Now back to my story. My wife and I eventually remarried, but even to this day, many years later, I still see the effects in the lives of my children of what happened in those three years. I was divorced from my wife (and therefore, divorced from my kids) in a state of limerence. And even though my wife and I put our marriage back together, it still affected my wife and my children later on.

Because of this, I ask those in limerence to consider and count the cost. Know that you’re making a decision based on what you feel. You think you’ll feel this way for the rest of your life–and you won’t. And when it finally goes away, and you start looking around, you’ll see what it cost in terms of relationships. You’ll see it was a pretty high price to pay. Or what it costs in terms of self-respect.

For example, things you believed or stood for before leaving your spouse. Then, when you decide to leave your spouse, you abandon those beliefs. But when it finally goes away, and you look back around, you may wonder, “How could I have hurt all the people that are hurt? Because that’s not who I was.”

So, what will you do?

So here’s the question I suggest you ask yourself, but also know that you make your own decisions for your life.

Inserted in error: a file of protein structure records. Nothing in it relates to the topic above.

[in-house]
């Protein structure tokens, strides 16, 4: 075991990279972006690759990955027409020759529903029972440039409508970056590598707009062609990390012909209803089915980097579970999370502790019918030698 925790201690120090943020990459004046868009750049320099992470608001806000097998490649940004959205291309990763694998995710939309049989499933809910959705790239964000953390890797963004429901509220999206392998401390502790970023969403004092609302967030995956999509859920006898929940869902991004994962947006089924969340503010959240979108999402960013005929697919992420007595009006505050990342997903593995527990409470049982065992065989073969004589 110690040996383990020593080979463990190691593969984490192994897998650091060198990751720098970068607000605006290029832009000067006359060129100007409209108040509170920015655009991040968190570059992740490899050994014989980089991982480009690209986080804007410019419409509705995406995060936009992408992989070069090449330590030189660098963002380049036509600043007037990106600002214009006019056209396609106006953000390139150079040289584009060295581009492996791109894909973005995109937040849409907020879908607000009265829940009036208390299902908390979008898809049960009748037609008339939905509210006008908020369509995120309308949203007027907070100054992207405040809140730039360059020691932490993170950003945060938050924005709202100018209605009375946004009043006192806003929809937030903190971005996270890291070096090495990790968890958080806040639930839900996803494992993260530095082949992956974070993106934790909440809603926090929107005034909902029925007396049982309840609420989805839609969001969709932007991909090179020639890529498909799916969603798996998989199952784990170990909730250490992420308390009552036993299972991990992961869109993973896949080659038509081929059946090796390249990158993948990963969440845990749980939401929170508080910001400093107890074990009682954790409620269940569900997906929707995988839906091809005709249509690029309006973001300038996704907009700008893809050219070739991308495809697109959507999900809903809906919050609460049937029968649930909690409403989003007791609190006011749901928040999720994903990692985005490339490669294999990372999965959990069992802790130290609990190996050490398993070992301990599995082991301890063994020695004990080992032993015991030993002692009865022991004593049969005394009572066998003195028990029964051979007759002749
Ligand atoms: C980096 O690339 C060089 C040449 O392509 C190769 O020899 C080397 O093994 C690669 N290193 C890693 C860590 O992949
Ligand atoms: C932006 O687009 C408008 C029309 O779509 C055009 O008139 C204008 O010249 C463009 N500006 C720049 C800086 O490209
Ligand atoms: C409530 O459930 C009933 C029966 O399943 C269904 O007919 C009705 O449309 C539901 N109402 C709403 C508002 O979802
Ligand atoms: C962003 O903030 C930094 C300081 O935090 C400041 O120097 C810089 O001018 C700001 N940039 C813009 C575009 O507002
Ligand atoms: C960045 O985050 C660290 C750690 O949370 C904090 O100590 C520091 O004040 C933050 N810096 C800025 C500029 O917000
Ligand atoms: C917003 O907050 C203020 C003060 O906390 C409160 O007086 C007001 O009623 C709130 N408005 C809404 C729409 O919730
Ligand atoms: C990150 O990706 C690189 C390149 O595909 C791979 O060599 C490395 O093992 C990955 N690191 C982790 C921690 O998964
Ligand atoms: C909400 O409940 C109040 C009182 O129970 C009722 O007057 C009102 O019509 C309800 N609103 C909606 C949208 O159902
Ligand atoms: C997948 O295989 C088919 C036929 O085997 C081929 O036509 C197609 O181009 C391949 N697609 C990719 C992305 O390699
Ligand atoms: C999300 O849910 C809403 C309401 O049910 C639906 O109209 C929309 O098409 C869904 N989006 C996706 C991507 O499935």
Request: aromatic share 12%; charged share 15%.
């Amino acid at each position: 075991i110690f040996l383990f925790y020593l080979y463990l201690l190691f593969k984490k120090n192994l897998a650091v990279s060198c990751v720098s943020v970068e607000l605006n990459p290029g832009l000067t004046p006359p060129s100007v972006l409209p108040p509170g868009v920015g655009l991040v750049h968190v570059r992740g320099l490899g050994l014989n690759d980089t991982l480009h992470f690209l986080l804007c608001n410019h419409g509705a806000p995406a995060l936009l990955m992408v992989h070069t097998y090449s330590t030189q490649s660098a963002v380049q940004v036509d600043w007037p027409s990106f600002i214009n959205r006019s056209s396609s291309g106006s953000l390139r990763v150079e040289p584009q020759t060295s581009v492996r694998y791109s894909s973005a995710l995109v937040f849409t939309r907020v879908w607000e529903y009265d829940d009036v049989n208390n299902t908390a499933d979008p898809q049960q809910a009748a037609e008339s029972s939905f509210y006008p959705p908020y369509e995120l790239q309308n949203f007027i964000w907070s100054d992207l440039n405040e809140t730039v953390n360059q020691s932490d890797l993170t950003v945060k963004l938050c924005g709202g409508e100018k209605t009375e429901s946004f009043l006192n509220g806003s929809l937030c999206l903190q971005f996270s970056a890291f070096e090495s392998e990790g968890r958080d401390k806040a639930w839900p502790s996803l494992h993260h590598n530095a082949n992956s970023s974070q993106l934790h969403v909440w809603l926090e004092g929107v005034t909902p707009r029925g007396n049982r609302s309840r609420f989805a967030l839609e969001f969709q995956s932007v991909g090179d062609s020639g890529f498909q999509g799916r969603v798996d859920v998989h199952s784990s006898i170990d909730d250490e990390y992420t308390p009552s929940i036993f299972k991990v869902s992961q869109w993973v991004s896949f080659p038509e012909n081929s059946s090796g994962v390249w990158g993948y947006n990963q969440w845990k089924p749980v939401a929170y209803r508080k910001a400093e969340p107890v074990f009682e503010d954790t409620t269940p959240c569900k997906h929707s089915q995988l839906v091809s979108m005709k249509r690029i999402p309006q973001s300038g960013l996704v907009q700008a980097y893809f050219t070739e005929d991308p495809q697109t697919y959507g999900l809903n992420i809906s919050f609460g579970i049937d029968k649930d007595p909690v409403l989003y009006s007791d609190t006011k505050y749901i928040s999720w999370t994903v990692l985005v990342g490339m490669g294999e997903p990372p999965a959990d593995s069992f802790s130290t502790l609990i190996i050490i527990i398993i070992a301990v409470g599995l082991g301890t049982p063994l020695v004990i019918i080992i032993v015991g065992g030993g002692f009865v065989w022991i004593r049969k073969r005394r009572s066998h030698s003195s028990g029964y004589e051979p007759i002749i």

But ask yourself this question, “What will life be like if my limerent lover goes away?” You see, in my own life, I never expected my limerent lover to leave me, never. But she did. And in the thousands and thousands of couples we work with, we have seen it happen again and again.

Every day we work with people who are leaving marriages, because of this tremendous limerent love for another person. However, the kind of love that lasts for a lifetime is NOT limerence. We call it normative love, but that’s a whole other topic for another time.

So here’s the main point I want you to consider. Please don’t make lifelong decisions based on what you feel right now. Now, if you’re thinking, “Well, I’m not sure if I have limerence,” then contact us! Give our office a call, and we’ll help you think these things through. We won’t make your decisions for you- that’s for you to decide. But we will help you evaluate this and help you make your own decision that’s best for you- a decision that’s best for you not just today, but tomorrow and a hundred tomorrows after that.

For more specific help, learn what next steps to take for your specific situation with one of the Affair Toolkits:

Want to understand more about limerence? Check out this podcast on the “Madly In Love Syndrome”.